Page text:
However, since the days of imperialism, such an interpretation has existed to provide legal protection to natural resources, including trees, on all state lands. By punishing a punishable offense. As per the Forest Conservation Ordinance, the Divisional Secretaries also have the power to enforce the law to protect the forests as they have the powers of “Forest Officers” and this was emphasized by Circular 05/2001.
It is also worth noting that the majority of Divisional Secretaries are also responsible for the forests. However, controlling the rest of the forest for easy allocation for development activities can lead to environmental problems. Therefore, the best course of action is to designate the remaining forests in the country (currently protected by the Forest Conservation Ordinance as protected, protected or other non-rural forests).
Vision of Prosperity According to the environmental policies of the manifesto, the areas devoted to the uplift of biodiversity and forest cover, as well as the restoration of all state land directly to the Divisional Secretaries, including sensitive areas including catchment, river and canal-protected, archaeological and historical value areas. According to the Wildlife Conservation Trade Organization, conservation needs as well as development needs can be met without any problems. Similarly, all the remaining forests have been given to the Divisional Secretaries for the purpose of canceling the 5/2001 circular or for the purpose of reservation of land for development purposes. This decision will not lead to disaster and will not facilitate sustainable development as it will have to comply with the provisions of the State Lands and Minerals Act. The government has not yet issued an official cabinet statement that Circular 05/2001, which protects the remaining forests, will not be repealed. Doesn't that show that 500,000 hectares of forest land, including the Sinharaja regions, are still at risk?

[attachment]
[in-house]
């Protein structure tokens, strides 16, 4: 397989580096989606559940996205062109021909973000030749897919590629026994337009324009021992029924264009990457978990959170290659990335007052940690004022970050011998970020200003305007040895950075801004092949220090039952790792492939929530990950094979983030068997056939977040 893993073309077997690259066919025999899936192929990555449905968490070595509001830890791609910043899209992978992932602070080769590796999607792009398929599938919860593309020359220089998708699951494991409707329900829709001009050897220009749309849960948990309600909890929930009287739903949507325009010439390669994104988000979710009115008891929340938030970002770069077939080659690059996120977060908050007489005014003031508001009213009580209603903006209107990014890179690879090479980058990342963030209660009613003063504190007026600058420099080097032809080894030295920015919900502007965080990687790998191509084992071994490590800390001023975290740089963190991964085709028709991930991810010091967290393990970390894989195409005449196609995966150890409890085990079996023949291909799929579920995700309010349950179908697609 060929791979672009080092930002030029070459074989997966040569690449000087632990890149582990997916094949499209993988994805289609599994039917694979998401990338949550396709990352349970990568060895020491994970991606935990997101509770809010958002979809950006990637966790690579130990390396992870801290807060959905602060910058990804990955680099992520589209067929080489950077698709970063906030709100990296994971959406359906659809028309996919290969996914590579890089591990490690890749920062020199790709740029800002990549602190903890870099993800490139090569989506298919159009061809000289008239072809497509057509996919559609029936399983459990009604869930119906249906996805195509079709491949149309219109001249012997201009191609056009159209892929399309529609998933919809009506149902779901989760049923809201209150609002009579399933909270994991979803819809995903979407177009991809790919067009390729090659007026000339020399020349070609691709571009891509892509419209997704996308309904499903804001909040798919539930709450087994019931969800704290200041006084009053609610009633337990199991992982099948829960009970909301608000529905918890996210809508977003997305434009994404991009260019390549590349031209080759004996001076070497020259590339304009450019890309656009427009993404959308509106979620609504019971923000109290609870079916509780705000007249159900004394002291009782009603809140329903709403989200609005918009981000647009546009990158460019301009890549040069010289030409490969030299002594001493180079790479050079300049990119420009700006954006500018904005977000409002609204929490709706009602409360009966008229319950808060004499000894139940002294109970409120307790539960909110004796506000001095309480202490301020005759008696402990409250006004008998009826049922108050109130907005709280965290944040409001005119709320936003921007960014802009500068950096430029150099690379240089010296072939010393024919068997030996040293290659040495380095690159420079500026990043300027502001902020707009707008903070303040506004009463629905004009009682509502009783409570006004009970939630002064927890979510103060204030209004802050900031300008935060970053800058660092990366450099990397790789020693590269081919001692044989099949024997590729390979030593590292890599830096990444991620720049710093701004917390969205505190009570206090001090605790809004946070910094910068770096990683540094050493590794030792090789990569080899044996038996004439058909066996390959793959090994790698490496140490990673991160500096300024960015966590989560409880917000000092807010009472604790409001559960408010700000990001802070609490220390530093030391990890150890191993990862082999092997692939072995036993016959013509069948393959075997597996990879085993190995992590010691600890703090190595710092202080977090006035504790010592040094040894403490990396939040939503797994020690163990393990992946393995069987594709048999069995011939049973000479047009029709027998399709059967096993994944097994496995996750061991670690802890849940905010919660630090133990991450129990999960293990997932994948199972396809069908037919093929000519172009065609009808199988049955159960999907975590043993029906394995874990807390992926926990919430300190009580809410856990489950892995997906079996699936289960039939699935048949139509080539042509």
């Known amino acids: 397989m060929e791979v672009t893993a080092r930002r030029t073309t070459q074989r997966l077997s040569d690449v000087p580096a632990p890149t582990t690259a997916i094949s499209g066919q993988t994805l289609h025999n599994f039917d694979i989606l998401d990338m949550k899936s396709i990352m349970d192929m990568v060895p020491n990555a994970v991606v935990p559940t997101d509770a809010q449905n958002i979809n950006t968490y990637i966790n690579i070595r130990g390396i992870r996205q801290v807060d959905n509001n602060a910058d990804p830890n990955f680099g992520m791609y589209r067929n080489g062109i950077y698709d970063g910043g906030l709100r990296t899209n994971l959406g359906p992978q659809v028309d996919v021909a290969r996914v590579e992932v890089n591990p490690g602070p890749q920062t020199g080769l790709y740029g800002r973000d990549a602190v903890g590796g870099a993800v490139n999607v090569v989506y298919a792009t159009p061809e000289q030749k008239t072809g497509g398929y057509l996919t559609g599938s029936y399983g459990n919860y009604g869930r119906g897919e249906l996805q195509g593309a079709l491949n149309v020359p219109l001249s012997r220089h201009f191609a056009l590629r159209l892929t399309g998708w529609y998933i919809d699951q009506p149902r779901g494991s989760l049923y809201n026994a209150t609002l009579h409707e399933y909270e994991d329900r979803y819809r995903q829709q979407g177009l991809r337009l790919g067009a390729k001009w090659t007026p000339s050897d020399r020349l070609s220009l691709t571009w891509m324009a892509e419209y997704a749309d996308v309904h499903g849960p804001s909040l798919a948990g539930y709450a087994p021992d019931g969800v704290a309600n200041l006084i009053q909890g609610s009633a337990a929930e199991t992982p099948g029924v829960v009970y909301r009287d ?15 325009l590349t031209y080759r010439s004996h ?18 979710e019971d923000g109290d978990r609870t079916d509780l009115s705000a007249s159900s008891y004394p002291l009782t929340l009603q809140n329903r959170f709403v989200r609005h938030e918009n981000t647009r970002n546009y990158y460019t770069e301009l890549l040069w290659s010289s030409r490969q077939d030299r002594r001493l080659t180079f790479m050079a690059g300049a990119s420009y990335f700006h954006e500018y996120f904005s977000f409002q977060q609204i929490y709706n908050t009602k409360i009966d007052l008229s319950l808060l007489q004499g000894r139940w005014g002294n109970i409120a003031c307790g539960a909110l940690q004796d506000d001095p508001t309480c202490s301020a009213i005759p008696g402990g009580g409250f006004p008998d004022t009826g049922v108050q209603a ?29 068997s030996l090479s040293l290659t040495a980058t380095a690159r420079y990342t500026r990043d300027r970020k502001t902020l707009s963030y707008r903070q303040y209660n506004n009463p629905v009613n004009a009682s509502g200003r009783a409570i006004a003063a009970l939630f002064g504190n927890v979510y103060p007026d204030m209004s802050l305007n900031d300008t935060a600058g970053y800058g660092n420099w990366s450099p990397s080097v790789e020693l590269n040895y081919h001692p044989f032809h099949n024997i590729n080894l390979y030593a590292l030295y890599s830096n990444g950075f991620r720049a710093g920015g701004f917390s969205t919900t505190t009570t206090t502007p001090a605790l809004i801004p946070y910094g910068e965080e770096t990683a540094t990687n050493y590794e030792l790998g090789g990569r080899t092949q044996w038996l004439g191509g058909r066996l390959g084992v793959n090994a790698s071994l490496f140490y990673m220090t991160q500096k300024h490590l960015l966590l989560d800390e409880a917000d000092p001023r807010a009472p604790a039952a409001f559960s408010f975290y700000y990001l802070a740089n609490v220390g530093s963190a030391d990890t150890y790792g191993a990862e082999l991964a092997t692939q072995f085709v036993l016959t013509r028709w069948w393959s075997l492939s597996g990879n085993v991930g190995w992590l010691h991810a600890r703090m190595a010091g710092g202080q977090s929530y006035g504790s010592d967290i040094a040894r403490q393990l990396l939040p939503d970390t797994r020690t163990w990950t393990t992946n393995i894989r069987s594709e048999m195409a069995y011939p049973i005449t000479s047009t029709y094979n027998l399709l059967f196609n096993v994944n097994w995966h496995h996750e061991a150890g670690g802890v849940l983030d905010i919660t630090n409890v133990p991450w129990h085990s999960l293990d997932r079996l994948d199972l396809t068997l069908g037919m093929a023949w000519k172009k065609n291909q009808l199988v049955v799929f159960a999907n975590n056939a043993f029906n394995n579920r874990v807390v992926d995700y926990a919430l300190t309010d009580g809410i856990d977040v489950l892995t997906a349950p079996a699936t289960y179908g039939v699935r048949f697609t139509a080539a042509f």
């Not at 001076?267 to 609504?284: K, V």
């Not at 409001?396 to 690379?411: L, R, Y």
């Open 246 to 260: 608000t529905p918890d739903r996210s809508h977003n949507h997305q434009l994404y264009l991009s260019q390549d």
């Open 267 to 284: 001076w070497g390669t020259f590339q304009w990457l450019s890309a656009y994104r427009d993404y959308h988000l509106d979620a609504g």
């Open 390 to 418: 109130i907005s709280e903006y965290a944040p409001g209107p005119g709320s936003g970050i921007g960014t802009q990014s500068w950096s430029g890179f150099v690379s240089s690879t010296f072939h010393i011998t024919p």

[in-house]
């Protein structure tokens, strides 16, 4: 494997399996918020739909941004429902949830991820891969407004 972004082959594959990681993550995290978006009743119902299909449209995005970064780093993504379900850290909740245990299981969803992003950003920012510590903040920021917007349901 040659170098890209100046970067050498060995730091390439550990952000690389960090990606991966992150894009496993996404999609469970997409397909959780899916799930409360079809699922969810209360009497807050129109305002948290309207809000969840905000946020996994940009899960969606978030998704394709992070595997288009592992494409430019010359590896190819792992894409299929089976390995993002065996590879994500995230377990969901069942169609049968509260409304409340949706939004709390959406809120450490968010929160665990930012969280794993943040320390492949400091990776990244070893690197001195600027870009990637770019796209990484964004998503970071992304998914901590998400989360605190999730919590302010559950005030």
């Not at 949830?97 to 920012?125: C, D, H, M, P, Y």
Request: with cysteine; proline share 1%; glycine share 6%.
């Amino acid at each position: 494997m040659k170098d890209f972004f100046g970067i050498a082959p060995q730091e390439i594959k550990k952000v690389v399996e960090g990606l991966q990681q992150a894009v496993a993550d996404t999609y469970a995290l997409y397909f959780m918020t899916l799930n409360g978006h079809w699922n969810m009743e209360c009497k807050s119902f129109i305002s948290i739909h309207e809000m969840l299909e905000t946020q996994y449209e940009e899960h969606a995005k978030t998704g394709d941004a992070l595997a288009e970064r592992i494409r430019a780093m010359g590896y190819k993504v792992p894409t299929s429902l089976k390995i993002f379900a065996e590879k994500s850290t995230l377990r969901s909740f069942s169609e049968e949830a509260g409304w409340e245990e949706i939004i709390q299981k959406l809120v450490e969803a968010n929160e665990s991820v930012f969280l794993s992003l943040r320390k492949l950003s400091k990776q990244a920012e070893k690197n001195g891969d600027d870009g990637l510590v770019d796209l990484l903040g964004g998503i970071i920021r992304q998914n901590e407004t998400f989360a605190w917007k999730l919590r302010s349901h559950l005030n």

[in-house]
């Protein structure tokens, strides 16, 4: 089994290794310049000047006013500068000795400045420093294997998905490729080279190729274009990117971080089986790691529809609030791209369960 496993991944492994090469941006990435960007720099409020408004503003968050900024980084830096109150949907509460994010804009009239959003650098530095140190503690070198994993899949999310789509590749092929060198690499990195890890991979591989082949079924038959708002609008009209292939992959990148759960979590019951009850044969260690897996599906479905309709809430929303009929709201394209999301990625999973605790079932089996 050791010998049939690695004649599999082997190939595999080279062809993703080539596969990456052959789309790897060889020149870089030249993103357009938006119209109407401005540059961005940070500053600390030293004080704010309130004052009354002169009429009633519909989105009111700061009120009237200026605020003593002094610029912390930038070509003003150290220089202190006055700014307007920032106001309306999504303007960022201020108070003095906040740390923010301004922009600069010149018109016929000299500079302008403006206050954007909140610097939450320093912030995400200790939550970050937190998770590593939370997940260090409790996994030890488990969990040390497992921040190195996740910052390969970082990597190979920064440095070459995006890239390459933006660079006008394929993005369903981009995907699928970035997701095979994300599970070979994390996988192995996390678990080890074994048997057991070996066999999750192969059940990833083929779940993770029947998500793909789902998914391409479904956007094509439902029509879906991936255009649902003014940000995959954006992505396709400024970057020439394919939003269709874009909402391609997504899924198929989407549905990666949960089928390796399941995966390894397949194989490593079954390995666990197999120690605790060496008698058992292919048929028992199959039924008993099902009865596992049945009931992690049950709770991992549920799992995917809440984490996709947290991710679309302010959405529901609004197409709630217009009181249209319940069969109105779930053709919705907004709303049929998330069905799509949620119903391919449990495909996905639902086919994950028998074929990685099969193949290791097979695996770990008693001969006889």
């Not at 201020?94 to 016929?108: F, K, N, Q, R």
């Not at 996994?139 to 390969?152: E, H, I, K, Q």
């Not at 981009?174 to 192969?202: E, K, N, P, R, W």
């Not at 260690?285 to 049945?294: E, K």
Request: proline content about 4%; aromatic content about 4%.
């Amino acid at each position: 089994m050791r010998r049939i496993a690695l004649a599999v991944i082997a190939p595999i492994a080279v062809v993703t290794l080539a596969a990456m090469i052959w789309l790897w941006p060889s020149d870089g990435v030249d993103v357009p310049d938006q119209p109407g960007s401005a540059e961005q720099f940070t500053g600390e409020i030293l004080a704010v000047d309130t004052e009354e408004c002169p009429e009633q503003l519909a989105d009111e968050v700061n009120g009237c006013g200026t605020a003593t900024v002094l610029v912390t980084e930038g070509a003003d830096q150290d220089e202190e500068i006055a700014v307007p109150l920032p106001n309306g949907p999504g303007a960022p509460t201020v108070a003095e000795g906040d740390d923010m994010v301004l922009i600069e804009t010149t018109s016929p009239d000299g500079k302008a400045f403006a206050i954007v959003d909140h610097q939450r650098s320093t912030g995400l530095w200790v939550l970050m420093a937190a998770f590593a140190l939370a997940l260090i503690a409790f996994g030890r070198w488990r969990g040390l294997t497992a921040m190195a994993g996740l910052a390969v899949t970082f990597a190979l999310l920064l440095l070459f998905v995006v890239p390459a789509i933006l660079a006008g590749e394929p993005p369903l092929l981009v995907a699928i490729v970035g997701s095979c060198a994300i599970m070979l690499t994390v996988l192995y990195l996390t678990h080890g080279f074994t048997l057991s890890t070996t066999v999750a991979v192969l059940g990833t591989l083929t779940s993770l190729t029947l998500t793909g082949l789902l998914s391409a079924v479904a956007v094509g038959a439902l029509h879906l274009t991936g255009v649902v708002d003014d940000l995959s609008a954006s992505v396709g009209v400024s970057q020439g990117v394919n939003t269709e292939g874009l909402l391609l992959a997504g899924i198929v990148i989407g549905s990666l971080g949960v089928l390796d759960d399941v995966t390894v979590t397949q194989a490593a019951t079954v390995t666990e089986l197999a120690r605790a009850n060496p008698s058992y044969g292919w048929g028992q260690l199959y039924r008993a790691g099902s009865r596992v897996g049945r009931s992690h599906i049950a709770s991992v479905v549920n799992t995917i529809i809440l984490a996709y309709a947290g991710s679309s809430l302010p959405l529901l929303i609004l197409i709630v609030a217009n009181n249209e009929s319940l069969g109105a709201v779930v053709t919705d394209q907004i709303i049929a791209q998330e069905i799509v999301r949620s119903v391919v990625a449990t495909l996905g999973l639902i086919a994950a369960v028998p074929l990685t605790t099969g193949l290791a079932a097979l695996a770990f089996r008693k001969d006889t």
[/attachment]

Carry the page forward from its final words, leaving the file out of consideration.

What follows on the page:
We have seen many countries use their land arbitrarily and make mistakes. And we also see how the countries that have so worked hard are now trying to recover.Today we have to decide whether we will allow hundreds of thousands of hectares of forest to be destroyed in the same way. The fate of half a million hectares tomorrow is in your hands. And the future fate of your future will depend on the survival of that remaining half a million hectares of forest system.